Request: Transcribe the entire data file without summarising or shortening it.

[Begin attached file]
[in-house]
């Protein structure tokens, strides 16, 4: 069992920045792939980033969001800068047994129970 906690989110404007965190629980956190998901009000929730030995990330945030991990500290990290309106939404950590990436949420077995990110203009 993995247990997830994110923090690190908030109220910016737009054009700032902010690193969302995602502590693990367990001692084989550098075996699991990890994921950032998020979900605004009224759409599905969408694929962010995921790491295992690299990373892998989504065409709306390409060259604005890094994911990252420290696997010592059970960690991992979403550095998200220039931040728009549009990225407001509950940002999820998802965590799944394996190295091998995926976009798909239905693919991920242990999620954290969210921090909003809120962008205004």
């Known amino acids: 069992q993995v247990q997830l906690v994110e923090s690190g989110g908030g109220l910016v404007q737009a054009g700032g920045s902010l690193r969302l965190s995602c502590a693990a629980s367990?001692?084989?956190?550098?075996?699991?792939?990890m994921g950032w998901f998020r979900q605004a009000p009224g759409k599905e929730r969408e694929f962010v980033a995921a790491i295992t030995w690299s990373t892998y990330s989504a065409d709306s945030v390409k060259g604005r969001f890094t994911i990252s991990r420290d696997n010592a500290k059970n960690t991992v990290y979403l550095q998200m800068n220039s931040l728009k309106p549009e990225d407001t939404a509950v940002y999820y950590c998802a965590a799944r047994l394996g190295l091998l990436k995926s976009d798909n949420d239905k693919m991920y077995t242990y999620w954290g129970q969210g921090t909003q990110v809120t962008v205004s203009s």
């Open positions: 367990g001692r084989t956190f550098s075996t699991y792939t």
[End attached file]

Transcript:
[in-house]
């Protein structure tokens, strides 16, 4: 069992920045792939980033969001800068047994129970 906690989110404007965190629980956190998901009000929730030995990330945030991990500290990290309106939404950590990436949420077995990110203009 993995247990997830994110923090690190908030109220910016737009054009700032902010690193969302995602502590693990367990001692084989550098075996699991990890994921950032998020979900605004009224759409599905969408694929962010995921790491295992690299990373892998989504065409709306390409060259604005890094994911990252420290696997010592059970960690991992979403550095998200220039931040728009549009990225407001509950940002999820998802965590799944394996190295091998995926976009798909239905693919991920242990999620954290969210921090909003809120962008205004």
């Known amino acids: 069992q993995v247990q997830l906690v994110e923090s690190g989110g908030g109220l910016v404007q737009a054009g700032g920045s902010l690193r969302l965190s995602c502590a693990a629980s367990?001692?084989?956190?550098?075996?699991?792939?990890m994921g950032w998901f998020r979900q605004a009000p009224g759409k599905e929730r969408e694929f962010v980033a995921a790491i295992t030995w690299s990373t892998y990330s989504a065409d709306s945030v390409k060259g604005r969001f890094t994911i990252s991990r420290d696997n010592a500290k059970n960690t991992v990290y979403l550095q998200m800068n220039s931040l728009k309106p549009e990225d407001t939404a509950v940002y999820y950590c998802a965590a799944r047994l394996g190295l091998l990436k995926s976009d798909n949420d239905k693919m991920y077995t242990y999620w954290g129970q969210g921090t909003q990110v809120t962008v205004s203009s």
């Open positions: 367990g001692r084989t956190f550098s075996t699991y792939t």